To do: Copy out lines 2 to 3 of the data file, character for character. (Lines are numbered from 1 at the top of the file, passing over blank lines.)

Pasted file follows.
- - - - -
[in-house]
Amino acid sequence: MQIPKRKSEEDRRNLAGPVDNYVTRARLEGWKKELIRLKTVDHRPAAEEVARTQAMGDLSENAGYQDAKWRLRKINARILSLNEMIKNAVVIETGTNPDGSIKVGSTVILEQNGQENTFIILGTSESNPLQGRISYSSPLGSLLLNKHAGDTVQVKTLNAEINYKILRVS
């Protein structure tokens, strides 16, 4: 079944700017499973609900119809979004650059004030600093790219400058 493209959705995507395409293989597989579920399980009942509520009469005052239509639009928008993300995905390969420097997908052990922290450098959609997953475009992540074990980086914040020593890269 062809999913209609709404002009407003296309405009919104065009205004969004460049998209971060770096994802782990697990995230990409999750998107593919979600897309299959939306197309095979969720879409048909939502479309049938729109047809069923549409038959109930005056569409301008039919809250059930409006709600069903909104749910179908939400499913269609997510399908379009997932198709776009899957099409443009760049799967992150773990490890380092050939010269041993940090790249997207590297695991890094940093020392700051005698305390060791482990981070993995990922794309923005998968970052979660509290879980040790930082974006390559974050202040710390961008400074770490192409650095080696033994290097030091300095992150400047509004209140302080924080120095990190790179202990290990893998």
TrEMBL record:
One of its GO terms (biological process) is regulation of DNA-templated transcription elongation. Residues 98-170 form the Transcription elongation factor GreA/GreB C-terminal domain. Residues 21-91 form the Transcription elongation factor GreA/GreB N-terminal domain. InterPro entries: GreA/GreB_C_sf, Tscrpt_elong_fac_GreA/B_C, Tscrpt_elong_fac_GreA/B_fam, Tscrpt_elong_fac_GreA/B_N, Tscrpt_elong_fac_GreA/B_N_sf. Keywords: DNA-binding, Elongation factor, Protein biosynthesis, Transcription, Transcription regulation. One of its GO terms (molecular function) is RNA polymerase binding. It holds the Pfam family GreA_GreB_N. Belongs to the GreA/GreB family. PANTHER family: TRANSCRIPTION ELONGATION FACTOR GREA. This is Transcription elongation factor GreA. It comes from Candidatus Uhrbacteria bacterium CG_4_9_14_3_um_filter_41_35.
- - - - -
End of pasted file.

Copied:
Amino acid sequence: MQIPKRKSEEDRRNLAGPVDNYVTRARLEGWKKELIRLKTVDHRPAAEEVARTQAMGDLSENAGYQDAKWRLRKINARILSLNEMIKNAVVIETGTNPDGSIKVGSTVILEQNGQENTFIILGTSESNPLQGRISYSSPLGSLLLNKHAGDTVQVKTLNAEINYKILRVS
């Protein structure tokens, strides 16, 4: 079944700017499973609900119809979004650059004030600093790219400058 493209959705995507395409293989597989579920399980009942509520009469005052239509639009928008993300995905390969420097997908052990922290450098959609997953475009992540074990980086914040020593890269 062809999913209609709404002009407003296309405009919104065009205004969004460049998209971060770096994802782990697990995230990409999750998107593919979600897309299959939306197309095979969720879409048909939502479309049938729109047809069923549409038959109930005056569409301008039919809250059930409006709600069903909104749910179908939400499913269609997510399908379009997932198709776009899957099409443009760049799967992150773990490890380092050939010269041993940090790249997207590297695991890094940093020392700051005698305390060791482990981070993995990922794309923005998968970052979660509290879980040790930082974006390559974050202040710390961008400074770490192409650095080696033994290097030091300095992150400047509004209140302080924080120095990190790179202990290990893998």